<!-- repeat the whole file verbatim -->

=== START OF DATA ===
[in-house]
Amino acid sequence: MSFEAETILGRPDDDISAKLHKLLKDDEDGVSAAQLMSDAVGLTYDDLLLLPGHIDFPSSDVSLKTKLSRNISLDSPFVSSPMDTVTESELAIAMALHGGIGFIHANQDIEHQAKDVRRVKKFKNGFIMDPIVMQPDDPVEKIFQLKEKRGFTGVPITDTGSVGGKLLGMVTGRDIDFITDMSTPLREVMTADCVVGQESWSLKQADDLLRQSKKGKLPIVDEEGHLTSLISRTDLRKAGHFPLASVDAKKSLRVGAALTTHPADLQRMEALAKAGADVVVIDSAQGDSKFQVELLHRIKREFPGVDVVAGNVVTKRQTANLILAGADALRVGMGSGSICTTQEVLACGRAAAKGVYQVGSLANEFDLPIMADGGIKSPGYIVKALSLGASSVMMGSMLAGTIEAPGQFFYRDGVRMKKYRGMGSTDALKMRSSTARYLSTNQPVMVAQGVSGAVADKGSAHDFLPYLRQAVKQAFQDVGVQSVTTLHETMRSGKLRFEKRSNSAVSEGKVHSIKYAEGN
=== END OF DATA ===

[in-house]
Amino acid sequence: MSFEAETILGRPDDDISAKLHKLLKDDEDGVSAAQLMSDAVGLTYDDLLLLPGHIDFPSSDVSLKTKLSRNISLDSPFVSSPMDTVTESELAIAMALHGGIGFIHANQDIEHQAKDVRRVKKFKNGFIMDPIVMQPDDPVEKIFQLKEKRGFTGVPITDTGSVGGKLLGMVTGRDIDFITDMSTPLREVMTADCVVGQESWSLKQADDLLRQSKKGKLPIVDEEGHLTSLISRTDLRKAGHFPLASVDAKKSLRVGAALTTHPADLQRMEALAKAGADVVVIDSAQGDSKFQVELLHRIKREFPGVDVVAGNVVTKRQTANLILAGADALRVGMGSGSICTTQEVLACGRAAAKGVYQVGSLANEFDLPIMADGGIKSPGYIVKALSLGASSVMMGSMLAGTIEAPGQFFYRDGVRMKKYRGMGSTDALKMRSSTARYLSTNQPVMVAQGVSGAVADKGSAHDFLPYLRQAVKQAFQDVGVQSVTTLHETMRSGKLRFEKRSNSAVSEGKVHSIKYAEGN